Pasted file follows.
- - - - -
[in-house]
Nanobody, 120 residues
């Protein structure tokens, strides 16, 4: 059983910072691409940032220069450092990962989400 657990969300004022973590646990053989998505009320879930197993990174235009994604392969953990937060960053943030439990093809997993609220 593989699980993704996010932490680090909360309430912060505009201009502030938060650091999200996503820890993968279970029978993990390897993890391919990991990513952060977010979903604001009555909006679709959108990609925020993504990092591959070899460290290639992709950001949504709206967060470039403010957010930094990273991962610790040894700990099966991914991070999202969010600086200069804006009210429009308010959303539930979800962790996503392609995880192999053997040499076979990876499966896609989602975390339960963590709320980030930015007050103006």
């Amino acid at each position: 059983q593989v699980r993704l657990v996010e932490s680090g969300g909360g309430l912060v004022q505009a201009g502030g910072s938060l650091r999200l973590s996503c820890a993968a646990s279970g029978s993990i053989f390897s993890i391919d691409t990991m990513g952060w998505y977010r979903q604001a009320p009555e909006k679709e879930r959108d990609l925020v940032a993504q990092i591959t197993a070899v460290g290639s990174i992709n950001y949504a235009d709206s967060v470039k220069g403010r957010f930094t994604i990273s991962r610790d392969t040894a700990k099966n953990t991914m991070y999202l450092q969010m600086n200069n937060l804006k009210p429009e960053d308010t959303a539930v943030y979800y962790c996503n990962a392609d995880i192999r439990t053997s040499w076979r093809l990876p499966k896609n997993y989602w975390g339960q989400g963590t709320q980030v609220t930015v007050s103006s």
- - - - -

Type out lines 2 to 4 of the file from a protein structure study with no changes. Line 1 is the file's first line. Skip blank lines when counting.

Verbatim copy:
Nanobody, 120 residues
């Protein structure tokens, strides 16, 4: 059983910072691409940032220069450092990962989400 657990969300004022973590646990053989998505009320879930197993990174235009994604392969953990937060960053943030439990093809997993609220 593989699980993704996010932490680090909360309430912060505009201009502030938060650091999200996503820890993968279970029978993990390897993890391919990991990513952060977010979903604001009555909006679709959108990609925020993504990092591959070899460290290639992709950001949504709206967060470039403010957010930094990273991962610790040894700990099966991914991070999202969010600086200069804006009210429009308010959303539930979800962790996503392609995880192999053997040499076979990876499966896609989602975390339960963590709320980030930015007050103006």
């Amino acid at each position: 059983q593989v699980r993704l657990v996010e932490s680090g969300g909360g309430l912060v004022q505009a201009g502030g910072s938060l650091r999200l973590s996503c820890a993968a646990s279970g029978s993990i053989f390897s993890i391919d691409t990991m990513g952060w998505y977010r979903q604001a009320p009555e909006k679709e879930r959108d990609l925020v940032a993504q990092i591959t197993a070899v460290g290639s990174i992709n950001y949504a235009d709206s967060v470039k220069g403010r957010f930094t994604i990273s991962r610790d392969t040894a700990k099966n953990t991914m991070y999202l450092q969010m600086n200069n937060l804006k009210p429009e960053d308010t959303a539930v943030y979800y962790c996503n990962a392609d995880i192999r439990t053997s040499w076979r093809l990876p499966k896609n997993y989602w975390g339960q989400g963590t709320q980030v609220t930015v007050s103006s």